Arguably, the party's poor showing in the area in 2012 is as nothing to the reception we can hope to receive in this by-election.  At that time, Bill Walker was suspected, but innocent until proven guilty. Today, the luckless and brave SNP candidate will have to contend with press hostility, and most likely, an electorate none-too-enamoured with the party which nominated such a goon for election in their constituency.  You needn't subscribe to the idea that there was any jiggery-pokery in the way the party dealt with the Walker case to see that he will hang around the neck of the Nationalist candidate like the Old Man of the Sea, however vigorously or acidly they denounce him in public.  This is one for Nationalists to take on the chin.  Anything short of a drubbing would be a relief. 

As the erstwhile Labour blogger Stuart MacLellan noted a few years back, Labour has never actually won a seat back from the SNP, having lost it. If they can't heave themselves over the finish line first in this Dunfermline by-election, a disgraced Nationalist incumbent having been forcibly pitchforked from party and office after twenty-four criminal convictions and an outrageous display of contempt for his constituents, Scottish Labour really are jiggered.

Thanks, Bill. 

28 comments :

  1. I assume Stuart MacLellan meant only at Holyrood?

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    Replies
    1. I hold no brief for Stuart, but surely he did, yes. See further, Govan, Glasgow East, etcetera.

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  2. As a resident of the Auld Grey Toon,heres my hapenny worth.
    If Labour choose or if he puts himself forward as candidate,Cllr Bobby Clelland will walk it,hes a very well thought of cllr for Oakley,he polled the most 1st pref votes in Fife at the last election,and has built up a very good profile as a hardworking councilor,so my money would be on a Labour win.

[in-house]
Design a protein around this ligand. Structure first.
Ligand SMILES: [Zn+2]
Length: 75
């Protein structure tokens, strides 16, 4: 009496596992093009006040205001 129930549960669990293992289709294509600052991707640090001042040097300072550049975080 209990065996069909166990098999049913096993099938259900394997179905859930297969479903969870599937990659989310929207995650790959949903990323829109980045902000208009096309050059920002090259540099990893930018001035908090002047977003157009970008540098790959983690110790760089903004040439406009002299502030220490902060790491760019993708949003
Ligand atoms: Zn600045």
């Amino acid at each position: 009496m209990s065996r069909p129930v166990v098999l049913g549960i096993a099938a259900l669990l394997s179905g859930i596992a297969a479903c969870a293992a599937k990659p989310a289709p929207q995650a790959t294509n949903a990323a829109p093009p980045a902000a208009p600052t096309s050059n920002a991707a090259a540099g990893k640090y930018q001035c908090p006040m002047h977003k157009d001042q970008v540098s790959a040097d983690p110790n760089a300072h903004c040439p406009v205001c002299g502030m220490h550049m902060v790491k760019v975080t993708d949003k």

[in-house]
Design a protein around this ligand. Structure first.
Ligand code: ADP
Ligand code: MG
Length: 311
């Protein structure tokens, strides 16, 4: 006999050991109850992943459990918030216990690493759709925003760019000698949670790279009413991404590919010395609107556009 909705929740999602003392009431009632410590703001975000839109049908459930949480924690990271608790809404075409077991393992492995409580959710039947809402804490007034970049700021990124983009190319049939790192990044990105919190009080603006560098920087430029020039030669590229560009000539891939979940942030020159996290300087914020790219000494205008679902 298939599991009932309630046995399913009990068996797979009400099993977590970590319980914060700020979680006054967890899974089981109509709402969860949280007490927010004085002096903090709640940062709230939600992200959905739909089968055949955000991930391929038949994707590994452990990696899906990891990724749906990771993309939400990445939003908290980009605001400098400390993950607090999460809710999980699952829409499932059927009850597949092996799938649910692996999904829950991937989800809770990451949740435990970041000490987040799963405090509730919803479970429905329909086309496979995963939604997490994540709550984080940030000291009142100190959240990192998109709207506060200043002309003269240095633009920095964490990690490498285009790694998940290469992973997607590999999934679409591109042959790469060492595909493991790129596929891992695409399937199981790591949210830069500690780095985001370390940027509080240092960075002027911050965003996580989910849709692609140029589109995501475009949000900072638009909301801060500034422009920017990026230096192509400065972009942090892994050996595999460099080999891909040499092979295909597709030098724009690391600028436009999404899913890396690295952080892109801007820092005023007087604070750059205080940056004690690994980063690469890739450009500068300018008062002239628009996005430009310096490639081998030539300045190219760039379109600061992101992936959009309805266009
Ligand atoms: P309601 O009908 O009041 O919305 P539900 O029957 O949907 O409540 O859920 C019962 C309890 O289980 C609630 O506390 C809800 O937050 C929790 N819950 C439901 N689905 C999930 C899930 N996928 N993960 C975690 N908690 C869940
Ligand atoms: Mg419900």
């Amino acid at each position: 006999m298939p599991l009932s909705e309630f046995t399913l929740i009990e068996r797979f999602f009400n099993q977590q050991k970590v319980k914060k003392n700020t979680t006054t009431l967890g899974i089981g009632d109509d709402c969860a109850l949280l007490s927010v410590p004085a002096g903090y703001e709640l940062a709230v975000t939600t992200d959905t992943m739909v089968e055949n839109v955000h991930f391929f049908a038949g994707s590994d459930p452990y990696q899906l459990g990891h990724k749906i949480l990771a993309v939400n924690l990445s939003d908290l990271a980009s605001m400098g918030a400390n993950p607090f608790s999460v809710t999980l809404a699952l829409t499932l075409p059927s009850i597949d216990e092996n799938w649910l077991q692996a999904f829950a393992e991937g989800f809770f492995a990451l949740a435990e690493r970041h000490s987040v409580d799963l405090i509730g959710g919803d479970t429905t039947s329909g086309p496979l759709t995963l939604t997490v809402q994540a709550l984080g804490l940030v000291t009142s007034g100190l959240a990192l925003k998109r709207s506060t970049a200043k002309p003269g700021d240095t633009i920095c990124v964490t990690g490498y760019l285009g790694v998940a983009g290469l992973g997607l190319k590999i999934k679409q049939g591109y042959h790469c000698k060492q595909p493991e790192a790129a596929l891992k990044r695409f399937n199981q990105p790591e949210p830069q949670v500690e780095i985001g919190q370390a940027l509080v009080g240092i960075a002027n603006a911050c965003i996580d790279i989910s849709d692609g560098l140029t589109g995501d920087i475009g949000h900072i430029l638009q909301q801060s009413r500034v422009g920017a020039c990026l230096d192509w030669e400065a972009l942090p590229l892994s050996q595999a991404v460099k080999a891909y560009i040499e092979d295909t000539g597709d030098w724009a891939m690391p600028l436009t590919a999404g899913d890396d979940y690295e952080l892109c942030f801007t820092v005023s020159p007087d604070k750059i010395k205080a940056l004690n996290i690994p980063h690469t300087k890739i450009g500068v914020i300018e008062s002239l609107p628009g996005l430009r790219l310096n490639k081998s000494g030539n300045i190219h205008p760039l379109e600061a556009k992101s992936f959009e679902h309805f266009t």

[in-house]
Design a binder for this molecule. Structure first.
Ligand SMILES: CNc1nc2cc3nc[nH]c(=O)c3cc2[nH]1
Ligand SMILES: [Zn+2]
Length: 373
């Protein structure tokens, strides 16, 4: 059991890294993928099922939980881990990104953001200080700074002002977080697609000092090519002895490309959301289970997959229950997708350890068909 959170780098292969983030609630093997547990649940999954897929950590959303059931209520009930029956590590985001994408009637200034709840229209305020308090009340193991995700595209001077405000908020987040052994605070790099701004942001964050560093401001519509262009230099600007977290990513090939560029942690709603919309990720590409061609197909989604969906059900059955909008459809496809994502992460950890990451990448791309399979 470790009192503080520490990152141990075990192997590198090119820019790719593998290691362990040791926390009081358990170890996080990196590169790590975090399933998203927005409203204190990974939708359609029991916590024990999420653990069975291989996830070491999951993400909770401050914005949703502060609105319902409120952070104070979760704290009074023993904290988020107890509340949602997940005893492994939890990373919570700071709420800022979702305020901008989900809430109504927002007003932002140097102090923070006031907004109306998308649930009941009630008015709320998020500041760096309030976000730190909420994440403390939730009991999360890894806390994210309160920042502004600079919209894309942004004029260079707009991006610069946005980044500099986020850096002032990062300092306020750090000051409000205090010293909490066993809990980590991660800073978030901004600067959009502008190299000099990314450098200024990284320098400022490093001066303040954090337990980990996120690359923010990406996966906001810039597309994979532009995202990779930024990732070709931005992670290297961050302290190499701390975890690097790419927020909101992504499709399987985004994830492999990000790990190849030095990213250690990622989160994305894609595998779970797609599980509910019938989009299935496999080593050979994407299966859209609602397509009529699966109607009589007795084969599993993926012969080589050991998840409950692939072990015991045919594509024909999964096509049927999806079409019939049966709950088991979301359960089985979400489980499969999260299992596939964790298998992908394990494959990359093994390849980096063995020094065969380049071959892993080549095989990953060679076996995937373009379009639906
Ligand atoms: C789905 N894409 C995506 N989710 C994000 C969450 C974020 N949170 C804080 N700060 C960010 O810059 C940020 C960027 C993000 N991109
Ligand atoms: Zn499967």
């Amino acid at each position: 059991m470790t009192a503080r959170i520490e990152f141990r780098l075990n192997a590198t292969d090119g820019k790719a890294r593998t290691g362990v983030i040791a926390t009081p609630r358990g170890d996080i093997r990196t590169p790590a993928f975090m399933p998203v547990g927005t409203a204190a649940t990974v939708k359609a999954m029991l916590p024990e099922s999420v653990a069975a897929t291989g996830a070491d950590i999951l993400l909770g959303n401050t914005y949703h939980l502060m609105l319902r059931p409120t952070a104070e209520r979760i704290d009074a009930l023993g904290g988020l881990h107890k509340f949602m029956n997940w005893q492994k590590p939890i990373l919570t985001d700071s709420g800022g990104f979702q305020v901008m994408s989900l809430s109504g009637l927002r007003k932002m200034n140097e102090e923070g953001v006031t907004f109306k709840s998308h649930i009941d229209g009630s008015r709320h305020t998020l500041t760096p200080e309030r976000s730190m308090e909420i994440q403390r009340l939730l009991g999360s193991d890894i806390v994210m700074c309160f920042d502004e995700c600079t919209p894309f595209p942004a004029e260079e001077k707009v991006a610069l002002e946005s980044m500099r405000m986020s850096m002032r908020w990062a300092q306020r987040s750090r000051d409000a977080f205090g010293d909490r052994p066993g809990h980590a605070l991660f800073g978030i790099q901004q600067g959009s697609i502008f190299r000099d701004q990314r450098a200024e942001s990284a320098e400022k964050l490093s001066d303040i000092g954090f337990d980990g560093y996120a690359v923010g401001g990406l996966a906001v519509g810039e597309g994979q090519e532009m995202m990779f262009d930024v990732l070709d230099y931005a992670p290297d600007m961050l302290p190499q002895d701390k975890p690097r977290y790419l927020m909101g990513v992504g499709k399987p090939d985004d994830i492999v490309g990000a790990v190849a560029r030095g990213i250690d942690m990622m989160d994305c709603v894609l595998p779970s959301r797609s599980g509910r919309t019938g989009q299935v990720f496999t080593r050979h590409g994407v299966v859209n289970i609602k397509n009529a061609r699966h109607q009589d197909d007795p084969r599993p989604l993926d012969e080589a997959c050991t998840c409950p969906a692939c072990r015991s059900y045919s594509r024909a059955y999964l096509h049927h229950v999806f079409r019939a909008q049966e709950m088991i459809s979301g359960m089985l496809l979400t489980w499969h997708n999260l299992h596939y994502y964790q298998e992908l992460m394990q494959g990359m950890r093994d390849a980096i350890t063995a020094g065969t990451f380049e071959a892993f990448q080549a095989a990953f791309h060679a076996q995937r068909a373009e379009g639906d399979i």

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    Replies
    1. Yahoorsur,

      Interesting to hear a local perspective! They're not my bag, but I heard that the Labour frontrunner at the moment is Fiona Eadie, daughter of Helen. There's also some talk about an all woman shortlist on the Labour side.

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  3. any chance of a well known 'independent' candidate throwing his/her hat in the ring to make things interesting?

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    Replies
    1. tcollins,

      Always a chance! Did you have anybody specific in mind?

      Delete
  4. Almost exactly what I tweeted to Scotland Tonight last night. But with a few more words and some punctuation.

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    Replies
    1. Heh. That's my speciality. The more words. And the punctuation.

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  5. Labour in their Fife selection process have had a "Don't embarras Gordon" policy up until recently. We may have seen one or two local people who have the rug pulled out from under their feet throw in their hats, although I think the shortlist has already been drawn up, so maybe not.

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    Replies